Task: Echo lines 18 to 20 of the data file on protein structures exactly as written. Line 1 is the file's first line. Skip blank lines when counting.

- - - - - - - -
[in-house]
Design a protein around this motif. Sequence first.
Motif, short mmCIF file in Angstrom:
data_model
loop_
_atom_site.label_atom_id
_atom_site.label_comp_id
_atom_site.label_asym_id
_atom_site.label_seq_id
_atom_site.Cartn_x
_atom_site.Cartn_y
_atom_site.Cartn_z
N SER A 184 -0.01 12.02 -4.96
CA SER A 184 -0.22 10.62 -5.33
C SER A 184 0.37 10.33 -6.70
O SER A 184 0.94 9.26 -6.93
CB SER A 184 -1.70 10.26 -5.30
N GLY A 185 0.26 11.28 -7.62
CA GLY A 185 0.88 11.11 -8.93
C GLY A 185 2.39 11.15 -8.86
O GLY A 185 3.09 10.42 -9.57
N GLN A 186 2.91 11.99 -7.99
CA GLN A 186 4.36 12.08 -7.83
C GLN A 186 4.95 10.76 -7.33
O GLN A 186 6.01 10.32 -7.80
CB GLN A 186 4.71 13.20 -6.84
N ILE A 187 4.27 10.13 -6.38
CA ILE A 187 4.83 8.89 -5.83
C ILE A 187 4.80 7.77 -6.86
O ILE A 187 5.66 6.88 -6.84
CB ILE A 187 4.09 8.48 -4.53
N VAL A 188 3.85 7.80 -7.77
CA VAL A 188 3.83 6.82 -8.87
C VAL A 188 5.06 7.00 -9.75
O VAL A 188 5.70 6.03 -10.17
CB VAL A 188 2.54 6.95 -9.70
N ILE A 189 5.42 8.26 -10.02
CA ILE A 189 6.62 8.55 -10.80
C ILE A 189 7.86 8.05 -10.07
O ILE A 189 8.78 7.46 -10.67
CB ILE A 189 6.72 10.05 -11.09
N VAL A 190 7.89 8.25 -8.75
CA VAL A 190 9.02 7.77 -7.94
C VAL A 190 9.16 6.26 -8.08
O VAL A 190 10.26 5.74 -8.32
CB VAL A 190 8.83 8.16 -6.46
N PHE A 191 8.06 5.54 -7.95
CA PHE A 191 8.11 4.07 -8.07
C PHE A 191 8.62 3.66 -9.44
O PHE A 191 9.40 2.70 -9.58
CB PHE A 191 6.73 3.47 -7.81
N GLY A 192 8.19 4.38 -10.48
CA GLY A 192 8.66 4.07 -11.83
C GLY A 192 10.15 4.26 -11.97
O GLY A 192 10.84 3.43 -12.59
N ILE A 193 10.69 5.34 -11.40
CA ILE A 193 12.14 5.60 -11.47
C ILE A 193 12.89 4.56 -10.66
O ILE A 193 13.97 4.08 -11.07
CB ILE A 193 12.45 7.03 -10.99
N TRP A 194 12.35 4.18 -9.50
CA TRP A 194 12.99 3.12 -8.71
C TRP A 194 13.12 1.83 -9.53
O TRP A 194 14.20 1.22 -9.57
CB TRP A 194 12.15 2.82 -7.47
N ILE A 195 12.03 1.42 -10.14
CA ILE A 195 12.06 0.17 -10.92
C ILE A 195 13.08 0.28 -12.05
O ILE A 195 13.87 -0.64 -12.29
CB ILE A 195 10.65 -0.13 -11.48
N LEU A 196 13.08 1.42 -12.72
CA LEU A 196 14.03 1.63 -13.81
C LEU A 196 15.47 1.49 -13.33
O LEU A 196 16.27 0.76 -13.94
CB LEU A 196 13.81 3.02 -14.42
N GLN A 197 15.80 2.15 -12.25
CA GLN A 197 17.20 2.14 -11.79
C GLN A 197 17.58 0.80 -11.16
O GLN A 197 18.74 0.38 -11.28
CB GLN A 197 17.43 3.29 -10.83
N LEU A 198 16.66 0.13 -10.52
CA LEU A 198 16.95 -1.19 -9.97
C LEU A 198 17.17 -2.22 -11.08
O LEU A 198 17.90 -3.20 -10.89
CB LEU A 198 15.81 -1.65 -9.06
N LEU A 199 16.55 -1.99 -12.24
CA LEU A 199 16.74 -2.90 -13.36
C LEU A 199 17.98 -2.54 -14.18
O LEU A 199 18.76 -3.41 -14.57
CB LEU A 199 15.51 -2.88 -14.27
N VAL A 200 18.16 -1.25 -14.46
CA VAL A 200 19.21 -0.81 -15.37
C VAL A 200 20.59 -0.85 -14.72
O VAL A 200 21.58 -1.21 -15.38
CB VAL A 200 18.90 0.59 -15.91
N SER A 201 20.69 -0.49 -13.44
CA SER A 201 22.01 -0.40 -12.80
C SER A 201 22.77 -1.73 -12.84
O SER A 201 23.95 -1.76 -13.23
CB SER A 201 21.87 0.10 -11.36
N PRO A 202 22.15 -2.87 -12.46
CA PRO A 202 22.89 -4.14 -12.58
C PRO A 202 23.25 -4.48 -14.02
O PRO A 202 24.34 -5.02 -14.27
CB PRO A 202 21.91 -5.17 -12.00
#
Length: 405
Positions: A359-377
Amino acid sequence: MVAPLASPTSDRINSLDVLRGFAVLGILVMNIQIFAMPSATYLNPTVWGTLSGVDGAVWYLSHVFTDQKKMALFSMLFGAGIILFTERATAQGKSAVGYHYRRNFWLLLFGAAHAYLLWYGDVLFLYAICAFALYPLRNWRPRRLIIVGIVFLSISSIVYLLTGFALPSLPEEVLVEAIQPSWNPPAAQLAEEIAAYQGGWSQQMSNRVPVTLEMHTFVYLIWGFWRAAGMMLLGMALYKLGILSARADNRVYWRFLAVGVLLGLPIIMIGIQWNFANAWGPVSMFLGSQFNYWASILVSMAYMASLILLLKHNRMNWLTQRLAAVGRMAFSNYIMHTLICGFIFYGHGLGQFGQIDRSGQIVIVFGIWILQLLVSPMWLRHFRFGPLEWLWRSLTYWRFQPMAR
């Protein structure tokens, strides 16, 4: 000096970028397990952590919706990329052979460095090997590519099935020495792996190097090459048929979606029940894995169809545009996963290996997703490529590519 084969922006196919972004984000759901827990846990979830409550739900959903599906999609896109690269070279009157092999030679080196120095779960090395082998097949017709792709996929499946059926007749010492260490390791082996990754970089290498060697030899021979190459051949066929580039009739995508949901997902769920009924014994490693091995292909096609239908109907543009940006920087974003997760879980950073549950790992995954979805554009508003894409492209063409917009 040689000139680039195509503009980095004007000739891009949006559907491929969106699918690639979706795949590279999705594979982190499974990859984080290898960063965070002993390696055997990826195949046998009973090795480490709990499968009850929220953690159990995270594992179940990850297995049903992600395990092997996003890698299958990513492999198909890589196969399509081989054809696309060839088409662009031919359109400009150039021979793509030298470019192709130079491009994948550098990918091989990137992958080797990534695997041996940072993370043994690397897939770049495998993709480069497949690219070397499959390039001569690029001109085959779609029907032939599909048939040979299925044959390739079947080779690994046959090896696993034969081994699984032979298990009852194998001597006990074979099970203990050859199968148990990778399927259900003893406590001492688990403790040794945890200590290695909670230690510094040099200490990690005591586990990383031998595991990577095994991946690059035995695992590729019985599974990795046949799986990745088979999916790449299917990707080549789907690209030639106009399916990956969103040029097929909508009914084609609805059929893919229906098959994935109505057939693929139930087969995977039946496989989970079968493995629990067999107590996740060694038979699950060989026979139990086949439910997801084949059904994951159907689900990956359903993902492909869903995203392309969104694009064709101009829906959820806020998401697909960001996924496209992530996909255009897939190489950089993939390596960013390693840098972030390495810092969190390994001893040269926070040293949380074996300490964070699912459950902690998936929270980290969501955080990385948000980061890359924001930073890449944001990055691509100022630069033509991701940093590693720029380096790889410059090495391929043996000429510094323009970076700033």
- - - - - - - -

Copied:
N GLY A 185 0.26 11.28 -7.62
CA GLY A 185 0.88 11.11 -8.93
C GLY A 185 2.39 11.15 -8.86